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The Higher You Go, The Better it Gets

Sundial Bridge (11/4/09)

Sundial Bridge (11/4/09)

While the headline to this blog is no longer true of the Sierra Nevada, when it comes to driving north along I-5, the higher you go, the better the fall color gets.  Yesterday, I drove north from Sacramento to Redding.  The orchards of the northern Central Valley still have a ways to go, though riparian areas are near to past peak with lovely color to be found among the cattails.  The City of Redding is aglow with beautiful fall color (much of it exotic).

0-15% — I-5 (100′).  Walnut and almond orchards north of Sacramento along I-5 indicate they are turning with some light green to hints of warmer colors to come, yet still not showing much color.  Cattails north of Willow at Walker Creek are brightly colored with shades of gold, orange, bronze and lime green.  Purple to burgundy stems and branches are found among leafless brush along creeks.  The most color to be found in the Sacramento River Valley are in the cottonwoods and prune orchards which have tgurned 50% yellow-orange with some bronze to auburn edging.  A stand of Valley Oaks (among the largest of California oaks) at Road 27 are yellow-orange and near Road 16 in Orland a prune orchard is nearing peak.

50-75% — Redding.  The capital of “Upstate California” is nearing peak for its seasonal color, particularly in neighborhoods and city parks.  At Santiago Calatrava’s magnificent Sundial Bridge, native oaks and riparian trees provide some changing colors by which to frame the bridge’s impressive gnomon.  Even though the color here is not of the dramatic nature of that to be found in the Sierra, there’s still lots of color if you look for it and Sundial Bridge is worth the drive north.

Last week, I described a loop trip up I-5 to Redding, an overnight in Redding, then over CA-299 to Redwood National Park, then down US 101.  Another loop is north to Redding, then east to MacArthur-Burney Memorial Falls SP, continuing south on CA-89 through Lassen Volcanic National Park (if snows don’t close the road) into Plumas County, then back down to the Central Valley by way of CA-32 (by way of Chico) or CA-70 (Feather River Canyon).  There’s probably a week left of spotty color on either route.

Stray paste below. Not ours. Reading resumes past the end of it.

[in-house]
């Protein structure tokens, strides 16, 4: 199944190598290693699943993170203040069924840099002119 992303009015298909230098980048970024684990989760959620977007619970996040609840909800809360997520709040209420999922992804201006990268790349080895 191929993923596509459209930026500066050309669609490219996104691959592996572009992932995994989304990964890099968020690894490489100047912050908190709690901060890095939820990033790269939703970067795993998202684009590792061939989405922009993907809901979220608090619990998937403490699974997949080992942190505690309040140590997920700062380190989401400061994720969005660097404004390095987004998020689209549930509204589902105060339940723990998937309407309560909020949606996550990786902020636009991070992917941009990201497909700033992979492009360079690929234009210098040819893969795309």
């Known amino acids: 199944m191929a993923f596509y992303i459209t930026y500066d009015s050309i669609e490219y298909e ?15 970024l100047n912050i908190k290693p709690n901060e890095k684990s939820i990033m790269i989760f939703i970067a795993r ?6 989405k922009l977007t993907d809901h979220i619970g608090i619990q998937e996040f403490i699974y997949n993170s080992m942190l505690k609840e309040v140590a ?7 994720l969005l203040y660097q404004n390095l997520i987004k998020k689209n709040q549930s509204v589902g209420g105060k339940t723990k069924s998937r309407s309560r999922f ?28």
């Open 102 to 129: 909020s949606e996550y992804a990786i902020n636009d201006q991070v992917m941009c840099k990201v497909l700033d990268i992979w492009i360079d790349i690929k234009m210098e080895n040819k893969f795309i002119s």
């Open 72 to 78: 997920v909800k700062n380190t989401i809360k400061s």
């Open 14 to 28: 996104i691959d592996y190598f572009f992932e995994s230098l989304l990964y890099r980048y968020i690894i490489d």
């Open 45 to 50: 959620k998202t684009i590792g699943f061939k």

Photo Credit: © 2009, John Poimiroo

Walnut Orchards Starting to Show Near Dixon

0-15% — Central Valley. The walnut orchards are beginning to show orange-yellow along Interstate 80 near Dixon.

Doubletree offers 30 Reasons to Enjoy California Fall Color

There are 30 reasons in California to take a Fall Weekend Getaway… the Doubletree hotels.  As, just announced, Doubletree is offering fall getaways at affordable prices in its new Fall Weekend Getaway Package.  Available Sept. 8 to Dec. 27, the package includes a deluxe room (up to two adults and two children with no double occupancy charge), “Blissful Sweet Dreams by Doubletree” sleep experience and a $50 food and beverage credit.

For California fall color spotters, California Fall Color recommends these Doubletree locations as nearest fall color: Ontario (Inland Empire), Bakersfield, Modesto (Central Valley and Western Sierra), Sacramento (Gold Country and Central Valley) and Rohnert Park (Sonoma County Wine Country).

To make a reservation, visit Doubletree’s Fall Weekend Getaway website at www.doubletree.com/fall, contact a travel professional or call 1-800-222-TREE in the U.S. or Canada.   Rates vary and some restrictions apply.

Announcing California Fall Color

Black Oak, Upper Yosemite Fall (file photograph) – John Poimiroo

Some people believe there’s no change in season in California.  They don’t know where to look.

California has a beautiful and varied seasonal change, as this blog will attest.

Following Labor Day and continuing to Thanksgiving Day, CaliforniaFallColor.com will report where it’s peaking, what’s peaking, where to stay and lead readers to fall color resources.

To comment on any report or add your own, just click on a headline or email editor@californiafallcolor.com.